Customers became more satisfied with restaurants and cafes in Singapore this year, but satisfaction with hotels, attractions and travel agencies remained flat.
This was the finding of a three-month nationwide study, released on Wednesday by Singapore Management University's Institute of Service Excellence (ISES), which compiled the Customer Satisfaction Index for the tourism and food and beverage sectors.
The food and beverage sector produced a score of 67.1 out of 100 this year, up from 65.8 last year. Improvements came primarily from restaurants such as Crystal Jade and cafes such as Starbucks.
A Crystal Jade spokesman said that it has, over the past year, trained staff to interact more with customers , and that it conducts regular mystery dining programmes to identify areas for improvement.
The score of the tourism sector - which includes hotels, attractions, and travel and tour services - inched up from 69.1 to 69.4. This was not a statistically significant change, said ISES.
Hotels such as Grand Hyatt and Mandarin Orchard Singapore boosted the score. But attractions did worse than last year, with Universal Studios declining the most.
A spokesman for Resorts World Sentosa, which runs the theme park, said customer service has always been its top priority.
He said: "We continuously strive to deliver a holistic customer experience to meet the varying needs of our diverse customers."
The annual study, now in its ninth year, also shed light on how customer behaviour affects satisfaction levels. Restaurant patrons who made reservations tend to be more concerned with the quality of food, while walk-in customers were more affected by time-related issues, such as how long it takes to get a seat and for their food to be served.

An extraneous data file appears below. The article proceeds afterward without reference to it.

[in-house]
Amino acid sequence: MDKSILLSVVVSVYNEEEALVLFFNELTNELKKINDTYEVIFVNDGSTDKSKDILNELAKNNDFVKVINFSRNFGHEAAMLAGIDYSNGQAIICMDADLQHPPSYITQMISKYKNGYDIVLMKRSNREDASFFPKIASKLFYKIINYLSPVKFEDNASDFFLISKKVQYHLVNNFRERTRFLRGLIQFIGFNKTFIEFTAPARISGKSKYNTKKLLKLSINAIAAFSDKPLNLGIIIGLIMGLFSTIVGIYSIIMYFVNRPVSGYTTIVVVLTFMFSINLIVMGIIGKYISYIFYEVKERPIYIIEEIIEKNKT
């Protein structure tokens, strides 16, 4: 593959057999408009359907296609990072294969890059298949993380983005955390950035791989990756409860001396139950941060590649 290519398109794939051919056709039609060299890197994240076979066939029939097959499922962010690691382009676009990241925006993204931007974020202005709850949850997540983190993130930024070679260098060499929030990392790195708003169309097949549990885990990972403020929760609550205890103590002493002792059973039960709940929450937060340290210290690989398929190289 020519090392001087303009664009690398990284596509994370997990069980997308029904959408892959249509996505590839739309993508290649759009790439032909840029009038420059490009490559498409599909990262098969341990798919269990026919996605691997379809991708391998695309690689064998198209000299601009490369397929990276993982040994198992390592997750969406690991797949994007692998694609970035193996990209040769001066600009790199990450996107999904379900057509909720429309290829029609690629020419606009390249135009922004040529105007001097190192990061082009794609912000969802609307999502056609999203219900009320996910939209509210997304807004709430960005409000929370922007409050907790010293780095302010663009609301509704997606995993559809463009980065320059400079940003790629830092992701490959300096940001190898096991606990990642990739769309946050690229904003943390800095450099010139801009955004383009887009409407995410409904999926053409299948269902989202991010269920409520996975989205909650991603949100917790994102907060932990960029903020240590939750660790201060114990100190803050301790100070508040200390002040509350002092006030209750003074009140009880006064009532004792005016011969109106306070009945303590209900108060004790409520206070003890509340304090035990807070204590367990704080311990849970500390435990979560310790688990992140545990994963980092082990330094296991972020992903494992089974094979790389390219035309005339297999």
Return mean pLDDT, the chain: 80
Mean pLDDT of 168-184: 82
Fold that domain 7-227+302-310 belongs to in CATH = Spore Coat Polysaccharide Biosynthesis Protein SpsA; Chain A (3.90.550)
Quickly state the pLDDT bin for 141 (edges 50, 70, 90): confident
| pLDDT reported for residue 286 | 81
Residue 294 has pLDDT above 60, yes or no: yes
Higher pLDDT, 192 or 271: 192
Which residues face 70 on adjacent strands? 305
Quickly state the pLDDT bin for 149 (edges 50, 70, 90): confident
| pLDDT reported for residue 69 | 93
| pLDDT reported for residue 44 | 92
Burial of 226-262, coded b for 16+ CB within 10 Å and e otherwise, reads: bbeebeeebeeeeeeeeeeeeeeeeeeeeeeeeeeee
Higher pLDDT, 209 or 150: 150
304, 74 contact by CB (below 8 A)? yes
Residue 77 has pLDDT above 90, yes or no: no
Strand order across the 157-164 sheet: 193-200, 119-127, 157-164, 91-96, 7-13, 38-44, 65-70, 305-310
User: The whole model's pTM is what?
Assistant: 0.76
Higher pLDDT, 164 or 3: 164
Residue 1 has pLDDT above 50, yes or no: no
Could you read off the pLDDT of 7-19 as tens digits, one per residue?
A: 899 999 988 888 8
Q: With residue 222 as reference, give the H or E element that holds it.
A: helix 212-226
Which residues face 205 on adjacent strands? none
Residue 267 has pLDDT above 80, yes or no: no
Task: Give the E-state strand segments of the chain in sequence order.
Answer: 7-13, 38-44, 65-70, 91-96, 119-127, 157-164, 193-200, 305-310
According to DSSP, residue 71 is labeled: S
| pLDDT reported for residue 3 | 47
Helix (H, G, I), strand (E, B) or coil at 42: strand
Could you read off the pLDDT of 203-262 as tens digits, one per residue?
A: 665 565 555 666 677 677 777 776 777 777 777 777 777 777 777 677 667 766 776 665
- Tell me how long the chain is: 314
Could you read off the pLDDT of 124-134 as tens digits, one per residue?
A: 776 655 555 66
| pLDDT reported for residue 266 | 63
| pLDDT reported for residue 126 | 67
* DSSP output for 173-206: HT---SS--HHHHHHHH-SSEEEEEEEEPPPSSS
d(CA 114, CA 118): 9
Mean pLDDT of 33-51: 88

Consumers who preview an eatery or attraction on social media before visiting tend to have higher expectations too.
Another observation from the study was that the quality of an attraction affected customer satisfaction the most, regardless of whether discounts or free passes are given.
Dr Marcus Lee, academic director of ISES, said this does not mean businesses should remove discounts and price promotions.
"These are still useful tools to entice and get visitors in the door. Instead, what this finding underscores is the importance of periodically innovating and refreshing the visitor experience so as to spur satisfaction and ultimately promote revisits," he said.
The study, which involved face-to-face interviews, polled 10,460 people between July and September. Of these, 6,109 were Singapore residents interviewed in their homes and 4,351 were tourists at Changi Airport.